What is 'Farina'?
Many species of Primula exhibit a white or yellowish powder on their leaves and even flowers. This is not a kind of fungus such as powdery mildew, but is a substance produced by healthy plants. In fact, to most Primula enthusiasts it enhances the appearance of the plant. For example, it is a delightful (and required) embellishment of the Show Self and Edged Auriculas. It even gives one of the species its name: Primula pulverulenta means 'powdery primrose'. In some species this powder is even fragrant!
This powder has more than one name. The term 'farina' means flour, which is what the powdery coating looks like. Another word is 'meal', which is just another word for flour! In some cases 'paste' is used, usually denoting a much thicker kind of white coating in the center of some Auricula flowers.
Excerpt from the Primroses Quarterly, Volume 2, Issue 2 (October 1944) p.23:
The Nature of Farina by Donald O' Connell
The word farina is taken from the Latin, and means flour, or meal, an apt description of its physical appearance. It is a phenomenon rarely found in Flora=s kingdom, being almost peculiar to the genus Primula.
This meal is formed by a multiplicity of microscopic hairs, shaped like slender, blunt-nosed rods. They are glandular in character and secrete an opaque wax, which in chemical structure in remarkably similar to the more common floral coloring pigments.
In color, farina is either white or very pale yellow, as in the leaf edges of P. marginata and the underside of the leaves of P. longiflora. Yellow farina is less commonly found, however.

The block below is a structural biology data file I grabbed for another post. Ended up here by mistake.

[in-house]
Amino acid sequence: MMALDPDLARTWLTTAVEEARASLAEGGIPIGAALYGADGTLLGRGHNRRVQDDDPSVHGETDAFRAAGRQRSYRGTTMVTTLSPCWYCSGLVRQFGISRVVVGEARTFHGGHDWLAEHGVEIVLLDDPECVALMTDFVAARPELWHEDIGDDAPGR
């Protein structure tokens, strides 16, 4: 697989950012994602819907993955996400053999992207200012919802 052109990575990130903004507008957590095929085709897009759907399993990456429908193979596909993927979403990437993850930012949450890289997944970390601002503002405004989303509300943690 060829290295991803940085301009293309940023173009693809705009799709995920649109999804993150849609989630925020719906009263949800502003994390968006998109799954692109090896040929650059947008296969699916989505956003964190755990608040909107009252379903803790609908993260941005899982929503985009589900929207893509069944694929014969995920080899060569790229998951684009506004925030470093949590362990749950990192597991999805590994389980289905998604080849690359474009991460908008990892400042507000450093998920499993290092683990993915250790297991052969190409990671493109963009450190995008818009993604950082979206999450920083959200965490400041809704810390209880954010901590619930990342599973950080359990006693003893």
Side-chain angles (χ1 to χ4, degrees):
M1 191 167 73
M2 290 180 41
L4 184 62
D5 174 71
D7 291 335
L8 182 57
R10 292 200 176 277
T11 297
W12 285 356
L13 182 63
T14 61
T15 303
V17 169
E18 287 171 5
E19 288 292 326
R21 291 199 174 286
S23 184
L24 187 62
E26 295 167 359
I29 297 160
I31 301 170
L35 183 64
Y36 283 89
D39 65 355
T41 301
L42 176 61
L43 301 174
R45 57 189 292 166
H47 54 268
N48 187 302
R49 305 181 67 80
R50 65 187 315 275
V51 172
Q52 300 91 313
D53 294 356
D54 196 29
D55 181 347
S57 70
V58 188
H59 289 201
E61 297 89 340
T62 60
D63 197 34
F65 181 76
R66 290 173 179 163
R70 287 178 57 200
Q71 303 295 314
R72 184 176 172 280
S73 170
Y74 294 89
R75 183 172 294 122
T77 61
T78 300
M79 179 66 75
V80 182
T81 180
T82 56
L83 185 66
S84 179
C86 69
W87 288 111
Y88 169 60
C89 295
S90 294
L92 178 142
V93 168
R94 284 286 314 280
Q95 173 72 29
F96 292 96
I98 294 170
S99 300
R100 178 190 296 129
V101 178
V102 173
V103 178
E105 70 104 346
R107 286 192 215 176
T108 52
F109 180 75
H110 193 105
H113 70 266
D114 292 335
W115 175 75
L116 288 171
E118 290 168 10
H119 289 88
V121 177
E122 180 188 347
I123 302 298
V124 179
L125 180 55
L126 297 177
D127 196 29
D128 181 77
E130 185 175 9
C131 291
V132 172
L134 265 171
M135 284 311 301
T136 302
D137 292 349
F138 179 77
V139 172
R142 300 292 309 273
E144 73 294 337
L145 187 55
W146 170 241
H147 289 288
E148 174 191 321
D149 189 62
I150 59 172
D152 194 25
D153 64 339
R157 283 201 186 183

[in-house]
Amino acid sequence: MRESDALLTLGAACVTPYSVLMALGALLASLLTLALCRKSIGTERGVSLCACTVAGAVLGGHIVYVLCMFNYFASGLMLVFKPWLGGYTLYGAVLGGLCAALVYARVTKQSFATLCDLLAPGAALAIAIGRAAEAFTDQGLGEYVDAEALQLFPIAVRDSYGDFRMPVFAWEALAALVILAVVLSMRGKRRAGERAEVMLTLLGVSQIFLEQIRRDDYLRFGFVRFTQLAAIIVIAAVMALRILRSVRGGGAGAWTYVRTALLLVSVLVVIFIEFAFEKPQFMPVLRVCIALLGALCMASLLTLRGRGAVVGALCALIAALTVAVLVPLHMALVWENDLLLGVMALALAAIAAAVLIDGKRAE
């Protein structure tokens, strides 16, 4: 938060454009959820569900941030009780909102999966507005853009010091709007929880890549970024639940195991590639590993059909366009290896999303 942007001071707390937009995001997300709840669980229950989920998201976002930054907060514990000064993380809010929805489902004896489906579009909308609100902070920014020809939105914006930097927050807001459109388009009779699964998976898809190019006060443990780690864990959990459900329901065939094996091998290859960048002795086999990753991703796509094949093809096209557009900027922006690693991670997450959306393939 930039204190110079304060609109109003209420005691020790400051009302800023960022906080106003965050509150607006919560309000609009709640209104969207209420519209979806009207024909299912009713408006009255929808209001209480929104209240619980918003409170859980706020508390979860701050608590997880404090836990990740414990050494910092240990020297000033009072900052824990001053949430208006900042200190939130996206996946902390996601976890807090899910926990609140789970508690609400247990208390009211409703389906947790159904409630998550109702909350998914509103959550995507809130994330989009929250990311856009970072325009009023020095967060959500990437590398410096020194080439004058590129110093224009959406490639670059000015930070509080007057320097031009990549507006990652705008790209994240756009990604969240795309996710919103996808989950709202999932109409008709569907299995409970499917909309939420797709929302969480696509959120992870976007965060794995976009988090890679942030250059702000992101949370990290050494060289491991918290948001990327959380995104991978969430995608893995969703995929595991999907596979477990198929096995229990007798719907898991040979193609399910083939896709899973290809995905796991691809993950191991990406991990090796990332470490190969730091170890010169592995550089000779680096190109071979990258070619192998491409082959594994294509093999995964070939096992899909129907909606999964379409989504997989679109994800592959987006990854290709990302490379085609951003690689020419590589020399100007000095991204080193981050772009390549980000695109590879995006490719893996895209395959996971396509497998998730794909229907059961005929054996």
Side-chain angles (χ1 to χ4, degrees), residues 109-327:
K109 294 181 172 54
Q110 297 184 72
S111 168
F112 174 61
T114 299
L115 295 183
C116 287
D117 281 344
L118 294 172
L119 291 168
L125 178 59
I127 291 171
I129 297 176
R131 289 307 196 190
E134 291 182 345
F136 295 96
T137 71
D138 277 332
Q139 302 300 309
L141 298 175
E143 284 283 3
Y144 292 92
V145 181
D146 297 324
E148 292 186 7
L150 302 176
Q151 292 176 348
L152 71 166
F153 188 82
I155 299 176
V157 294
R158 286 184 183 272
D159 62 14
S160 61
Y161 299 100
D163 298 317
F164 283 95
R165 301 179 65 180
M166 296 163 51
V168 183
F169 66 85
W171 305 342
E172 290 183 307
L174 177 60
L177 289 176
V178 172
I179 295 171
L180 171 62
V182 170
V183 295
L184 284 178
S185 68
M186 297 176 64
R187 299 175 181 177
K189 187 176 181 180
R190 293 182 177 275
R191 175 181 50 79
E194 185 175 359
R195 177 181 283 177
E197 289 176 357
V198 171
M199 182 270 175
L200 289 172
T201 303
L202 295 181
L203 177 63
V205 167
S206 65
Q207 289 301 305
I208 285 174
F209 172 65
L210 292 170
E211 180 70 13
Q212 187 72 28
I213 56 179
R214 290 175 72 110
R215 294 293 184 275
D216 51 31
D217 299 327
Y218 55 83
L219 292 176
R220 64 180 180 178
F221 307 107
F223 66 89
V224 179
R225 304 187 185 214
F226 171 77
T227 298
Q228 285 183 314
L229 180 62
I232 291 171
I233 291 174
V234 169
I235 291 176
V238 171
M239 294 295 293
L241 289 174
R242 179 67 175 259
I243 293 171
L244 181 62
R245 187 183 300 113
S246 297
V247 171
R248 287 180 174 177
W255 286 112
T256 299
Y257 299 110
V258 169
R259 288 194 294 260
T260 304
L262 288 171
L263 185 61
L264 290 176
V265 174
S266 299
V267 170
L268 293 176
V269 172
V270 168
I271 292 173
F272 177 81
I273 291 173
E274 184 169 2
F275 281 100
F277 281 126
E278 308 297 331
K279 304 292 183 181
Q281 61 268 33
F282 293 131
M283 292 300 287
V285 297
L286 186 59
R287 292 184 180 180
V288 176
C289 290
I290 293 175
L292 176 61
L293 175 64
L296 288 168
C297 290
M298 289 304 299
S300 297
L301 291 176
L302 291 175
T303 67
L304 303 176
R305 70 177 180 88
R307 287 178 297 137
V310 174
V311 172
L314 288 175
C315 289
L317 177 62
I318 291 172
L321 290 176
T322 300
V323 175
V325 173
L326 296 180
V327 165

The appearance of gray farina on the rare gray-edged Show Auriculas is caused by a thin overlay of white farina upon a green ground. The wax-secreting glands on these and other edged forms of Show Auriculas are identical with those on the foliage of the plants, whereas that found on the flowers of Border Auriculas and Selfs are of a slightly different shape.
Farina may occur on any part of the plant, or on several or all parts. It occurs quite consistently in the flowers and flower-heads of the Muscariods, Sphaerocephalas, and Denticulatas, and is further found on the leaves of nearly all Nivalids. It may appear so slightly as to seem a thin white dust, or so thickly as to flake.
Of the thirty-three sections into which the genus Primula is divided, twenty-one contain species that are to some degree farninose; while only twelve sections are efarinose, i.e. without farina. Among these twelve efarinose sections occur practically all the woodland Primulas, why we do not know. Witness the lack of meal on the Vernales section, to which belong P. Juliae and the Polyanthus, and the Cortusoids, the two sections containing the majority of commonly cultivated woodland species.
The purpose which is served by the farina on the various parts of the plants is an enigma as yet unsolved. It is generally accepted that meal is formed to prevent the plants from becoming burnt by the sun. The frequent presence of farina on the new growthBmore easily burntBof species in which the mature leaves are not farinose, or very slightly so, bears out this theory. Yet the presence of meal on such shade lovers as P. Winteri and many others raises a question which is not satisfactorily answered by this belief. As Farrer would say, it is hoped this short piece will amuse the uninitiated Aand not enrage the learned@, for the whole subject is more less one of contention and would undoubtedly reward more thorough research, which will be forthcoming as interest in this lovely genus grows.
Excerpt from the Primroses Quarterly, Volume 2, Issue 4 (follow-up article)